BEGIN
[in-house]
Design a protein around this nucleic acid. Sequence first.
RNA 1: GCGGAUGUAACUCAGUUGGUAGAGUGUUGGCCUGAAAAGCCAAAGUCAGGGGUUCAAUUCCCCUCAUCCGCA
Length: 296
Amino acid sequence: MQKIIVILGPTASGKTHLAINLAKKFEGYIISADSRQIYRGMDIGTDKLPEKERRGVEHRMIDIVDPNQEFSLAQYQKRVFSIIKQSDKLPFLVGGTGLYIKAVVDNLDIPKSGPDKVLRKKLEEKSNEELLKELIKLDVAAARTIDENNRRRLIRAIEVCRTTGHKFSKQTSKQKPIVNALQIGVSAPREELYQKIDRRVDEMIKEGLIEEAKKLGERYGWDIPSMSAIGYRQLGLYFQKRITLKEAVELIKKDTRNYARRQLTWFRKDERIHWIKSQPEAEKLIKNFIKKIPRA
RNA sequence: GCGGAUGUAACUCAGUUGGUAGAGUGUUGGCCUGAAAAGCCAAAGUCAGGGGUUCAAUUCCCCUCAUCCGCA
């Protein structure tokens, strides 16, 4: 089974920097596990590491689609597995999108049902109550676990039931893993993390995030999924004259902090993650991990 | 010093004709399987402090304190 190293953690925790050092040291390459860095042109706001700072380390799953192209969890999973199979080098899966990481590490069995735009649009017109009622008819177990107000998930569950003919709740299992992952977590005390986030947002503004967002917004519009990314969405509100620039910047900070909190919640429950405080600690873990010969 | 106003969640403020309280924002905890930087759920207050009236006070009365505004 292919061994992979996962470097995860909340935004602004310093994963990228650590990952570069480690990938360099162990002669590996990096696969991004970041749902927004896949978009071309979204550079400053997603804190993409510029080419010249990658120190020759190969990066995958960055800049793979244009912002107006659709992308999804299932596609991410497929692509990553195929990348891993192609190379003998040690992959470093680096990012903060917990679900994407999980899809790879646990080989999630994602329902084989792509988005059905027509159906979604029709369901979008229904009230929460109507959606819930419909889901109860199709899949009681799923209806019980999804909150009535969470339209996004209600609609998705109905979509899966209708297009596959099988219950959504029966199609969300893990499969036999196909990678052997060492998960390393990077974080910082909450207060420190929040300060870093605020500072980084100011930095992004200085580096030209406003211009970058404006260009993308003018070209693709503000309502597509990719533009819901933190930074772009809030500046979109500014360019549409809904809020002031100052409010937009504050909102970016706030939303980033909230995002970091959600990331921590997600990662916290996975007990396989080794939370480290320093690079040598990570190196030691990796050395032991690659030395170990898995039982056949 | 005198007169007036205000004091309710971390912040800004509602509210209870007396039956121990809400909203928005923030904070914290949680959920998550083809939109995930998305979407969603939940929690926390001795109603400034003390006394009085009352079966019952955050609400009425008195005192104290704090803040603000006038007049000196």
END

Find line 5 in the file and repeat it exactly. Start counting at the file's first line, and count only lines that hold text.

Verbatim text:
Amino acid sequence: MQKIIVILGPTASGKTHLAINLAKKFEGYIISADSRQIYRGMDIGTDKLPEKERRGVEHRMIDIVDPNQEFSLAQYQKRVFSIIKQSDKLPFLVGGTGLYIKAVVDNLDIPKSGPDKVLRKKLEEKSNEELLKELIKLDVAAARTIDENNRRRLIRAIEVCRTTGHKFSKQTSKQKPIVNALQIGVSAPREELYQKIDRRVDEMIKEGLIEEAKKLGERYGWDIPSMSAIGYRQLGLYFQKRITLKEAVELIKKDTRNYARRQLTWFRKDERIHWIKSQPEAEKLIKNFIKKIPRA